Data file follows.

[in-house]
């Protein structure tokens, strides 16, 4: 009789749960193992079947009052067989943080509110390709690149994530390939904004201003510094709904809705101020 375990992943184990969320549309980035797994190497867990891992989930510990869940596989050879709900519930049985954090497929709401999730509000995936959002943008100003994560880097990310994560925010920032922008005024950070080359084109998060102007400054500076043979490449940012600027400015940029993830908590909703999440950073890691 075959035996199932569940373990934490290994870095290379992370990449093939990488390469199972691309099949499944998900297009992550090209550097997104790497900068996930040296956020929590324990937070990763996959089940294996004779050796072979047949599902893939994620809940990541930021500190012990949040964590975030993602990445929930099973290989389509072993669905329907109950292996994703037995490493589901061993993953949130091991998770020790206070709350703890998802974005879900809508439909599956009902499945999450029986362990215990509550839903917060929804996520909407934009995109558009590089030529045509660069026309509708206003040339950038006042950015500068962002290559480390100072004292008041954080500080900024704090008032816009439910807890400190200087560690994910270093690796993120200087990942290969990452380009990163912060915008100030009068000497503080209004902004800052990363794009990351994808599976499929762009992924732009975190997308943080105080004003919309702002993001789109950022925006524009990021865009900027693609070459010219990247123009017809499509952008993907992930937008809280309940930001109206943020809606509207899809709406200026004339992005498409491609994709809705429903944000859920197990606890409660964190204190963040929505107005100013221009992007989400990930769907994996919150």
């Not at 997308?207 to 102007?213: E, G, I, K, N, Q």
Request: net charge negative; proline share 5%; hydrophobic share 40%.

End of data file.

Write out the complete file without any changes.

[in-house]
């Protein structure tokens, strides 16, 4: 009789749960193992079947009052067989943080509110390709690149994530390939904004201003510094709904809705101020 375990992943184990969320549309980035797994190497867990891992989930510990869940596989050879709900519930049985954090497929709401999730509000995936959002943008100003994560880097990310994560925010920032922008005024950070080359084109998060102007400054500076043979490449940012600027400015940029993830908590909703999440950073890691 075959035996199932569940373990934490290994870095290379992370990449093939990488390469199972691309099949499944998900297009992550090209550097997104790497900068996930040296956020929590324990937070990763996959089940294996004779050796072979047949599902893939994620809940990541930021500190012990949040964590975030993602990445929930099973290989389509072993669905329907109950292996994703037995490493589901061993993953949130091991998770020790206070709350703890998802974005879900809508439909599956009902499945999450029986362990215990509550839903917060929804996520909407934009995109558009590089030529045509660069026309509708206003040339950038006042950015500068962002290559480390100072004292008041954080500080900024704090008032816009439910807890400190200087560690994910270093690796993120200087990942290969990452380009990163912060915008100030009068000497503080209004902004800052990363794009990351994808599976499929762009992924732009975190997308943080105080004003919309702002993001789109950022925006524009990021865009900027693609070459010219990247123009017809499509952008993907992930937008809280309940930001109206943020809606509207899809709406200026004339992005498409491609994709809705429903944000859920197990606890409660964190204190963040929505107005100013221009992007989400990930769907994996919150």
């Not at 997308?207 to 102007?213: E, G, I, K, N, Q």
Request: net charge negative; proline share 5%; hydrophobic share 40%.